Fiddler Fruit Label

Some further, a bit more detailed, notes on the performance:

J. S. Bach, Brandenburg Concerto No. 6
1) Allegro moderato
No violins, but those violas are energetic and wonderful. Three cellos: nice to hear how artfully they divide things up. The fugue among the cellos is exquisitely intimate. Everything is touchingly muted, rounding out the already bassified end of things. It’s great to watch the two violists go at it. Beautiful balance and restraint throughout. The violists truly make this a sweeping and energetic intro.
2) Adagio, ma non tanto
Lilting, graceful, subtle. Restraint and grace are the watchwords here. Two violas handle the truly syncopated interlude deftly. Subtly persuasive cellos, with ongoing support from bass and harpsichord.
3) Allegro
Ah, that dashing bucolic theme. The violists do a great job to keep the ends tied down. And the cellos hold the running line on the bottom without breaking a sweat. It’s a dash through the country on elegant horses but it’s not snobby, just forthright and clear. Sarah Darling’s Viola 2 does such a great job of echoing Jason Fisher’s Viola 1. Love that subtle change of key at the end. And when that slight shock comes, you think they’re just ending, but then they go back again for more, slightly differently and wonderfully.

Luciano Berio, Duetti per due violini
But it’s really 10 violins, two at a time. How cool is that!
2) This is not a dialogue as much as two wanderings that finally find one another.
6) Two gypsy violinists face off with a bit of a competitive edge but with mutual flair and passion. Though they keep up the ferocious fight, how nicely they come together in the end.
8) A workers’ struggle. A plea for justice. Stately and paced but declaratively distant. When they whisper at the end they are most persuasive.
33) Laser lights flashing across one another. This is a dance of dreams, and how nicely they invoke one another’s gestures. Their mutual spiccatos are frighteningly accurate and coordinated. An airy, cosmic finish to a display of virtuosic fanaticism.
20) They all scrape a frenzied note repeatedly, a hailstorm on a beach. Then emerge traded episodic phrases like reasons heard then forgotten followed by a collective scream, a statement of plight. They return to the frenzied scratching and then break into a forest of crickets and cicadas chirping wildly to life.

Reiko Yamada, New Shadows in the Raw Light of Darkness
The full band, more or less. It’s a cinematic opening – sweeping, passionate, cosmic and ethereal. Violins draw a dark and distant landscape as the violin lead, Megumi Stohs Lewis, dances with a light saber through the wilderness. All top notch musicians, one better than the next. A dreamy, lilting, middle section, full of calls and answers. They meander and wander in conversation. Lewis, the violin soloist, offers a song plaintive in its own unique way. The pastiches grow and merge. Flutterings and innuendoes spar. Beautifully moderated citations conspire with an undergrowth of collective intention. A ferocity ensues that dissolved into dissipating, lonely, almost inadvertent dispersion, at the close.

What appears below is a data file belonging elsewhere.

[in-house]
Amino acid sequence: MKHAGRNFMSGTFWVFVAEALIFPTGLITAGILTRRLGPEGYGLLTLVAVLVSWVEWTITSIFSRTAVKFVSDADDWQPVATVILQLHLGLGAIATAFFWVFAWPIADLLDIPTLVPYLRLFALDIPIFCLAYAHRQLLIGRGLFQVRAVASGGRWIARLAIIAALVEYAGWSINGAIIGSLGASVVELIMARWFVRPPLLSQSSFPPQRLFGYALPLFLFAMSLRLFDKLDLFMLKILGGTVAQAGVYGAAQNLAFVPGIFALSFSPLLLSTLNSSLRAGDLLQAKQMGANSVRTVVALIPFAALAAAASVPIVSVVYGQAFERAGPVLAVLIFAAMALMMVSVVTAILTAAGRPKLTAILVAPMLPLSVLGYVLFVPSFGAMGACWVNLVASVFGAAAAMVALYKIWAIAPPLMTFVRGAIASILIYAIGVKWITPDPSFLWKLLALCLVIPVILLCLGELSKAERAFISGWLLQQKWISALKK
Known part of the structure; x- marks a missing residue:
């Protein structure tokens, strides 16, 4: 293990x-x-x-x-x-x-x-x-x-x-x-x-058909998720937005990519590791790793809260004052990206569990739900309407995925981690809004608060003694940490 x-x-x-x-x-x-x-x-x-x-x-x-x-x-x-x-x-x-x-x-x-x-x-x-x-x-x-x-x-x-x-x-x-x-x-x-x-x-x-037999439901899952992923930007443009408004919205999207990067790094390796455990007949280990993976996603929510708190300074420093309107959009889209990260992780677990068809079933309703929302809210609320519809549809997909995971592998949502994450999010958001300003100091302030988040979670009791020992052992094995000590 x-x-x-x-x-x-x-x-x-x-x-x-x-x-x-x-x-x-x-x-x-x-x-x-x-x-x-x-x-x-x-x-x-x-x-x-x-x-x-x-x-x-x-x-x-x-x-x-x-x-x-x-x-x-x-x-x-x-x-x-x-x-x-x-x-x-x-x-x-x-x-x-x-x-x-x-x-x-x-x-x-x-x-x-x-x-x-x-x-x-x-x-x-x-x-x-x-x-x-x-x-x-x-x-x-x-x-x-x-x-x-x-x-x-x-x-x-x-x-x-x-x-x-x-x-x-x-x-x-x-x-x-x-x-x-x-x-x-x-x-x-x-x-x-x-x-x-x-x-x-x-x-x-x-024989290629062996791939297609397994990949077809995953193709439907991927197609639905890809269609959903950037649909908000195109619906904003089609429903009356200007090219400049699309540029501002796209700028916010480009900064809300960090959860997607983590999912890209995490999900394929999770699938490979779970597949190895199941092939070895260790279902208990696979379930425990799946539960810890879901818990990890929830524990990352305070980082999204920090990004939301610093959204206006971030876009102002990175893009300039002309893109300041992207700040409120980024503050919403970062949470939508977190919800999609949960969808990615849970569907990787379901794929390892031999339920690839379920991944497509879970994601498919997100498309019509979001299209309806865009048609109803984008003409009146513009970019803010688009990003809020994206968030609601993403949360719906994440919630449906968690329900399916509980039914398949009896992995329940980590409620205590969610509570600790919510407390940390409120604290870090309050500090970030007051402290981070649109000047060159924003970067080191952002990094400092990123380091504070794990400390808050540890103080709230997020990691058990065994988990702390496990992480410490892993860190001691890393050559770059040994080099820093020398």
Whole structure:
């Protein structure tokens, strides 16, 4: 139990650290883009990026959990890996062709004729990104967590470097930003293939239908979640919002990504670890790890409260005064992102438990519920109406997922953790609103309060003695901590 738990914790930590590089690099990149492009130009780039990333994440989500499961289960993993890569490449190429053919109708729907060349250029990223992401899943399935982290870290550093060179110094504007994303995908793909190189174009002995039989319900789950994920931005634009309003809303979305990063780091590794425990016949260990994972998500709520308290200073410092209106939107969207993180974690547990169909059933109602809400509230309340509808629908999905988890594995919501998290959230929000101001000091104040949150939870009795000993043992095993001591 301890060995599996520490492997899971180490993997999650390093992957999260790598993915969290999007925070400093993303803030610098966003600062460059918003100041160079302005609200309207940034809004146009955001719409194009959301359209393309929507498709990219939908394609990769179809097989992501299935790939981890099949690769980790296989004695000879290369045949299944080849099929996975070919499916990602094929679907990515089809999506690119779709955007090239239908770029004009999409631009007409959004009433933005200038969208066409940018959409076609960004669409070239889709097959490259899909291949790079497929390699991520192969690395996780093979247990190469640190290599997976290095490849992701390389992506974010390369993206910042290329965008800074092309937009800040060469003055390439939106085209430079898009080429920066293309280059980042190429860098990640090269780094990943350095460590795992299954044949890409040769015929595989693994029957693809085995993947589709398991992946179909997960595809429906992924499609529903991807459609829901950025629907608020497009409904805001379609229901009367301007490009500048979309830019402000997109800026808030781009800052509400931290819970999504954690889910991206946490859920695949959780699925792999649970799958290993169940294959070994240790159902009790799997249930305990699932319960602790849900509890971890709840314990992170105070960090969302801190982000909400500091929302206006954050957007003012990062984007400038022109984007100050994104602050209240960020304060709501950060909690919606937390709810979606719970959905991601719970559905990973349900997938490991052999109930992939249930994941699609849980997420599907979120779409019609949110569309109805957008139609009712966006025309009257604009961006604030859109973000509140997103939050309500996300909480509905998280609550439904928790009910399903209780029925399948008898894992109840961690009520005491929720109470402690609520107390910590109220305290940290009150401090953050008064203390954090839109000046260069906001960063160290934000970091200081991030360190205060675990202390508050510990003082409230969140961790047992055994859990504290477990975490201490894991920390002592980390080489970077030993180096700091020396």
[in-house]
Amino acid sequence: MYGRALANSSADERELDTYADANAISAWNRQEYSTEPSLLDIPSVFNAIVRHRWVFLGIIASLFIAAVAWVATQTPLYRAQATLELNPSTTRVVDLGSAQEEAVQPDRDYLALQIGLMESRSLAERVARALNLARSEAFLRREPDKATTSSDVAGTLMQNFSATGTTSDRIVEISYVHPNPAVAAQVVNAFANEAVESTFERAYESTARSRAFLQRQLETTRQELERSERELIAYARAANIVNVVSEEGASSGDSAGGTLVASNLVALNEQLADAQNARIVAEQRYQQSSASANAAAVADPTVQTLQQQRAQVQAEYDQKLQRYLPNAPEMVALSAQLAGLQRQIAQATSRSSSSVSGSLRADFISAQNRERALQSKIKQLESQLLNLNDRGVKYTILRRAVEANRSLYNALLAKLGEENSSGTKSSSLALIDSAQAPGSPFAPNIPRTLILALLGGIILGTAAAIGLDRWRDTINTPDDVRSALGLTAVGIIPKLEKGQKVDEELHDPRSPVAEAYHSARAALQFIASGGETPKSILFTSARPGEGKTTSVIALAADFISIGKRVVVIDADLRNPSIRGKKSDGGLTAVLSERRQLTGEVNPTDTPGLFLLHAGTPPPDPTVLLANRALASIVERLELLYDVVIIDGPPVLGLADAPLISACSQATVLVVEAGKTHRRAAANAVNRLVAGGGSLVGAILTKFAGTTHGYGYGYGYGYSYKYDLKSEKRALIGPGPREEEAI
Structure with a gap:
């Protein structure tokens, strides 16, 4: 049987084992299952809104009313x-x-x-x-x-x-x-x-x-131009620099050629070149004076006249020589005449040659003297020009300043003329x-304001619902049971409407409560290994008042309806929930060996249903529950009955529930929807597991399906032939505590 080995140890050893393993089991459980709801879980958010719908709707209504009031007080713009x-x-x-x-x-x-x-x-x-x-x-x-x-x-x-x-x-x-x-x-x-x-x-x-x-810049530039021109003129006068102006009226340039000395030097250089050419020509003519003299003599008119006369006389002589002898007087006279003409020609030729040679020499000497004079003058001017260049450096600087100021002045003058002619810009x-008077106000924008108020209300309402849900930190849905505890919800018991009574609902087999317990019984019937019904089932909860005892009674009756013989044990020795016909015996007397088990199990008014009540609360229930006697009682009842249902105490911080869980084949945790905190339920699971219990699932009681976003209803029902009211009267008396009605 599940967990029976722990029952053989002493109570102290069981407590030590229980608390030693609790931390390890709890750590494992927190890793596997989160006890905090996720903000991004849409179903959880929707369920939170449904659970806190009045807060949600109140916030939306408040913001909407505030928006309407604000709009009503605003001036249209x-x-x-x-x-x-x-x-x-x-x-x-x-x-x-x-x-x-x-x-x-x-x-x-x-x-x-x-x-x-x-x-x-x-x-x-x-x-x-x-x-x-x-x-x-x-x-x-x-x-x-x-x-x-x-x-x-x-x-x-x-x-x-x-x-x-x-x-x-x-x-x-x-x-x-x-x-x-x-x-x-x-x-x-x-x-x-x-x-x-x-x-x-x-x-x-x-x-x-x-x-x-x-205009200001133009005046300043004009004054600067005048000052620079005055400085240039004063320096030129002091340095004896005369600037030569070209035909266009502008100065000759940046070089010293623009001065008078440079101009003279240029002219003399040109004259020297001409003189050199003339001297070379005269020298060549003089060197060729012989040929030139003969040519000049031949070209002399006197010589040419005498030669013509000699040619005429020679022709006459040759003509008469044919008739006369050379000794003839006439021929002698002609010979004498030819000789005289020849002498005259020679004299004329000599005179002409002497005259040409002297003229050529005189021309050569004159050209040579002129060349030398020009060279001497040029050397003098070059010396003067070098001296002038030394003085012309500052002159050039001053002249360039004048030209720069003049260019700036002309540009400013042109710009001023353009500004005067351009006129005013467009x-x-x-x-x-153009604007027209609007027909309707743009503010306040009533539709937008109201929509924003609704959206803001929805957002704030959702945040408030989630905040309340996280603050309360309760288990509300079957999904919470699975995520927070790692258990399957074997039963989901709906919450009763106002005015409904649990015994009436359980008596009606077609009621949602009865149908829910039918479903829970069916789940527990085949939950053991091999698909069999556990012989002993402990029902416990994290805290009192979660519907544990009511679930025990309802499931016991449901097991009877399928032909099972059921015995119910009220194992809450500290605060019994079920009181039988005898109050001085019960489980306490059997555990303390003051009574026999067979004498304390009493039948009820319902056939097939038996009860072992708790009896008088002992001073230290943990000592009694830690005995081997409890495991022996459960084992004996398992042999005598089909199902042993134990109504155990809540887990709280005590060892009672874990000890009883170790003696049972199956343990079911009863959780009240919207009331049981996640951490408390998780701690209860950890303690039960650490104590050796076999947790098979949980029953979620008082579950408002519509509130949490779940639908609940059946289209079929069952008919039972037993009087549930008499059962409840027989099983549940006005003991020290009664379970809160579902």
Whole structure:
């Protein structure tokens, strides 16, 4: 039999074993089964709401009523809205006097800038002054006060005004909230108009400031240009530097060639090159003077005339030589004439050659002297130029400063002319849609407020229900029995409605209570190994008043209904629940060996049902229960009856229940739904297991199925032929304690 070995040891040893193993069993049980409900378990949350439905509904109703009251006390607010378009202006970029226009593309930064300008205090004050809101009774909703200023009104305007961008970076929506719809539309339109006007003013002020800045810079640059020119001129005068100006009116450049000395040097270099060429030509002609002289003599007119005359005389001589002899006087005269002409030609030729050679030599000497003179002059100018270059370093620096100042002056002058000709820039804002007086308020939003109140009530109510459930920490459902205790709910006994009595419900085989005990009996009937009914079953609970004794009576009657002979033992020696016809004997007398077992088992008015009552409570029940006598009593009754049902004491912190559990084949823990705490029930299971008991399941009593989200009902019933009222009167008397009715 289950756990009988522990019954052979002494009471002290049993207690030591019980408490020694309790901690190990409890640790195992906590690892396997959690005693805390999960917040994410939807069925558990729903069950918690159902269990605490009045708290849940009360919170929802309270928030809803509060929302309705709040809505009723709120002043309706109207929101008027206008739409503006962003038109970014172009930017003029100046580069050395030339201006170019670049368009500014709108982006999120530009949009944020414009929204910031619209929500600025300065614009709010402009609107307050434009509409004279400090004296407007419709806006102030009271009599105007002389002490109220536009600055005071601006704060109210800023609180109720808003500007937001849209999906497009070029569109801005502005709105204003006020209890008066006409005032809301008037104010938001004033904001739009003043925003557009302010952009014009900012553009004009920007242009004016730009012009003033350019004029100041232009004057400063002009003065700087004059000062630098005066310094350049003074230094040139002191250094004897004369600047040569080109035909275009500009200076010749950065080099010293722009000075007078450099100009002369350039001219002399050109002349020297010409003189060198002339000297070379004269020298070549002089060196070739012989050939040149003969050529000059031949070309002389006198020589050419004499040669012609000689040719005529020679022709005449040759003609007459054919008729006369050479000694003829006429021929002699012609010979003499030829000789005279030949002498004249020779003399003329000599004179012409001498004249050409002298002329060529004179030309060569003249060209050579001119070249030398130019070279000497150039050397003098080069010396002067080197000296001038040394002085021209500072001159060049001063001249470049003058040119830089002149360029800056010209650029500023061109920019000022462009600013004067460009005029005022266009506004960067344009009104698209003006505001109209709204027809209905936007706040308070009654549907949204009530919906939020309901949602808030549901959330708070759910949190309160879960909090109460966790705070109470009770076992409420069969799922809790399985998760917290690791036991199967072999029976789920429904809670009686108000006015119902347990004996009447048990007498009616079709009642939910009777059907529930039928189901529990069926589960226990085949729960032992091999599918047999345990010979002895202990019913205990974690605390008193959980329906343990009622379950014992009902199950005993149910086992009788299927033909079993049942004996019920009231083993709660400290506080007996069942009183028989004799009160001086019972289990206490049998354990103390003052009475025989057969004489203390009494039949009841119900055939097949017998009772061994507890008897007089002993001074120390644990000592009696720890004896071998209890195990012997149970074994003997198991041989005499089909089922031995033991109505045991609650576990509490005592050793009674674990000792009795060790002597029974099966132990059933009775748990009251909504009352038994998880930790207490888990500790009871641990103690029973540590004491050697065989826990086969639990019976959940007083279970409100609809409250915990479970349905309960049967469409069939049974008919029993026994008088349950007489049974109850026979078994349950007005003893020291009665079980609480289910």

L.V. Beethoven, Violin Concerto in D major
Soovim Kim, violin
1) Allegro ma non troppo
Begins so silent and delicately with Jonathan Hess’ tympani. These musicians are all such virtuosi, but they play with such camaraderie. This opening is all so about balance and restraint. Kim enters with delicacy, his achievement of the high notes effortless and pristine. This is Apollonian playing – clear, direct, precise, nuanced – achieving luminosity of tone with a straightforward lyricism. It is distinctively capable playing which places grace over passion. A wonderful control over the arpeggio section. Kim exhibits utter confidence in extract the tone he wants in every instance. The cadenza is limpid, guiding wild runs into ethereality. Technically majestic, he weaves notes like filigree, as the the orchestra re-enters with such subtly managed pizzicato.
2) Larghetto
Stately! The Queen has arrived, but she is, beneath the garb, indeed herself. The horns enter like beacons, clearing the pathway for the violin’s delicate adventurings. Kim’s great delicacy in the middle section. His rendition, particularly in this middle section, sonorous and beautiful. The orchestra’s transition to the Rondo is significant and decisive.
3) Rondo: Allegro
Here Kim’s playing becomes luminous, not heavyweight, traveling with a light dance step. In the modal section, he offers a plaintive lyricism and really begins to sing. With the bassoon pairing, the line is resoundingly lovely, and in the fierce double-stop section he really seems to be having fun. Masterful interpretation of the third movement cadenza – here he really pulls out all the stops – yet, with the pause before the end, makes for a judiciousness that paves the way for the dramatic closing.

– BADMan